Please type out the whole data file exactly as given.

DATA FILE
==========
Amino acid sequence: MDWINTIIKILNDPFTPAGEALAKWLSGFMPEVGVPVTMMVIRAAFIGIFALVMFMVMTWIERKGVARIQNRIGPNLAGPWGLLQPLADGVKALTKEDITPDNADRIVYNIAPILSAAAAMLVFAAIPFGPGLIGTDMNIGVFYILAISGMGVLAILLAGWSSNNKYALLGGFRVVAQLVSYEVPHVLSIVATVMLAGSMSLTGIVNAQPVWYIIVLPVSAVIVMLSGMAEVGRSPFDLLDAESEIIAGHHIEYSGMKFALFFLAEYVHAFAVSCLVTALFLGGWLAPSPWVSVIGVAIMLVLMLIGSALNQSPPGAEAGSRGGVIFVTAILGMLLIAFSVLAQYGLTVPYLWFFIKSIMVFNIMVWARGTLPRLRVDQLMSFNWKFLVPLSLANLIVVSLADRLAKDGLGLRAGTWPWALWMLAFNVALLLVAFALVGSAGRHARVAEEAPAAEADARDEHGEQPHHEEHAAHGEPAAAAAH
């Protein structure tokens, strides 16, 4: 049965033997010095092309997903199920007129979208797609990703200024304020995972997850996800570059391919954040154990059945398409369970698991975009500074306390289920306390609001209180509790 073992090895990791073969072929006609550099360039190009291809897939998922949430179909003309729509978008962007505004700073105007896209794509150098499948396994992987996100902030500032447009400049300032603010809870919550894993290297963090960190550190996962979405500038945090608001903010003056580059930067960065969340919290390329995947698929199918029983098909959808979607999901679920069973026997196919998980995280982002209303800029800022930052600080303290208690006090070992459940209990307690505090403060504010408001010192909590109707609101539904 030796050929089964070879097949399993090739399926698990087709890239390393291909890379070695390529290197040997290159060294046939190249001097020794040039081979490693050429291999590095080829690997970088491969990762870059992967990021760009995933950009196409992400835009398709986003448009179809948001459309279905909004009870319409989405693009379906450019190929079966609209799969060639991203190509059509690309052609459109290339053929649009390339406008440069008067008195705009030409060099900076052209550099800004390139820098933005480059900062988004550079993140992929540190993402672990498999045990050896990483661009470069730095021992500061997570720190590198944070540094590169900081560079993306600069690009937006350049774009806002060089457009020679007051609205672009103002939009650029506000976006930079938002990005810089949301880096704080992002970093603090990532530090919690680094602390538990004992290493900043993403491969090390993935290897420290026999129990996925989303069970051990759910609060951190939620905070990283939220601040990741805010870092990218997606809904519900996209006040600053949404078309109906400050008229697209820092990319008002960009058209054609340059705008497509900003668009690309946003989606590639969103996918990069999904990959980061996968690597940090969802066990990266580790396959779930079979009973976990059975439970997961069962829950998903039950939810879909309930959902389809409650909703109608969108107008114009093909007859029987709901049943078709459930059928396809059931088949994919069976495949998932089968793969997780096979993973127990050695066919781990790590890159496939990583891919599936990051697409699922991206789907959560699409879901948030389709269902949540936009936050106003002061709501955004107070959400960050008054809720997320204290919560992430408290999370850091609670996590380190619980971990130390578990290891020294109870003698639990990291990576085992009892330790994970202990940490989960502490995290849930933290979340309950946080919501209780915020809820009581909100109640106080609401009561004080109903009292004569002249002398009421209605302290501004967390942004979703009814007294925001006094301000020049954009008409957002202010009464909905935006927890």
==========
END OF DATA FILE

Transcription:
Amino acid sequence: MDWINTIIKILNDPFTPAGEALAKWLSGFMPEVGVPVTMMVIRAAFIGIFALVMFMVMTWIERKGVARIQNRIGPNLAGPWGLLQPLADGVKALTKEDITPDNADRIVYNIAPILSAAAAMLVFAAIPFGPGLIGTDMNIGVFYILAISGMGVLAILLAGWSSNNKYALLGGFRVVAQLVSYEVPHVLSIVATVMLAGSMSLTGIVNAQPVWYIIVLPVSAVIVMLSGMAEVGRSPFDLLDAESEIIAGHHIEYSGMKFALFFLAEYVHAFAVSCLVTALFLGGWLAPSPWVSVIGVAIMLVLMLIGSALNQSPPGAEAGSRGGVIFVTAILGMLLIAFSVLAQYGLTVPYLWFFIKSIMVFNIMVWARGTLPRLRVDQLMSFNWKFLVPLSLANLIVVSLADRLAKDGLGLRAGTWPWALWMLAFNVALLLVAFALVGSAGRHARVAEEAPAAEADARDEHGEQPHHEEHAAHGEPAAAAAH
């Protein structure tokens, strides 16, 4: 049965033997010095092309997903199920007129979208797609990703200024304020995972997850996800570059391919954040154990059945398409369970698991975009500074306390289920306390609001209180509790 073992090895990791073969072929006609550099360039190009291809897939998922949430179909003309729509978008962007505004700073105007896209794509150098499948396994992987996100902030500032447009400049300032603010809870919550894993290297963090960190550190996962979405500038945090608001903010003056580059930067960065969340919290390329995947698929199918029983098909959808979607999901679920069973026997196919998980995280982002209303800029800022930052600080303290208690006090070992459940209990307690505090403060504010408001010192909590109707609101539904 030796050929089964070879097949399993090739399926698990087709890239390393291909890379070695390529290197040997290159060294046939190249001097020794040039081979490693050429291999590095080829690997970088491969990762870059992967990021760009995933950009196409992400835009398709986003448009179809948001459309279905909004009870319409989405693009379906450019190929079966609209799969060639991203190509059509690309052609459109290339053929649009390339406008440069008067008195705009030409060099900076052209550099800004390139820098933005480059900062988004550079993140992929540190993402672990498999045990050896990483661009470069730095021992500061997570720190590198944070540094590169900081560079993306600069690009937006350049774009806002060089457009020679007051609205672009103002939009650029506000976006930079938002990005810089949301880096704080992002970093603090990532530090919690680094602390538990004992290493900043993403491969090390993935290897420290026999129990996925989303069970051990759910609060951190939620905070990283939220601040990741805010870092990218997606809904519900996209006040600053949404078309109906400050008229697209820092990319008002960009058209054609340059705008497509900003668009690309946003989606590639969103996918990069999904990959980061996968690597940090969802066990990266580790396959779930079979009973976990059975439970997961069962829950998903039950939810879909309930959902389809409650909703109608969108107008114009093909007859029987709901049943078709459930059928396809059931088949994919069976495949998932089968793969997780096979993973127990050695066919781990790590890159496939990583891919599936990051697409699922991206789907959560699409879901948030389709269902949540936009936050106003002061709501955004107070959400960050008054809720997320204290919560992430408290999370850091609670996590380190619980971990130390578990290891020294109870003698639990990291990576085992009892330790994970202990940490989960502490995290849930933290979340309950946080919501209780915020809820009581909100109640106080609401009561004080109903009292004569002249002398009421209605302290501004967390942004979703009814007294925001006094301000020049954009008409957002202010009464909905935006927890």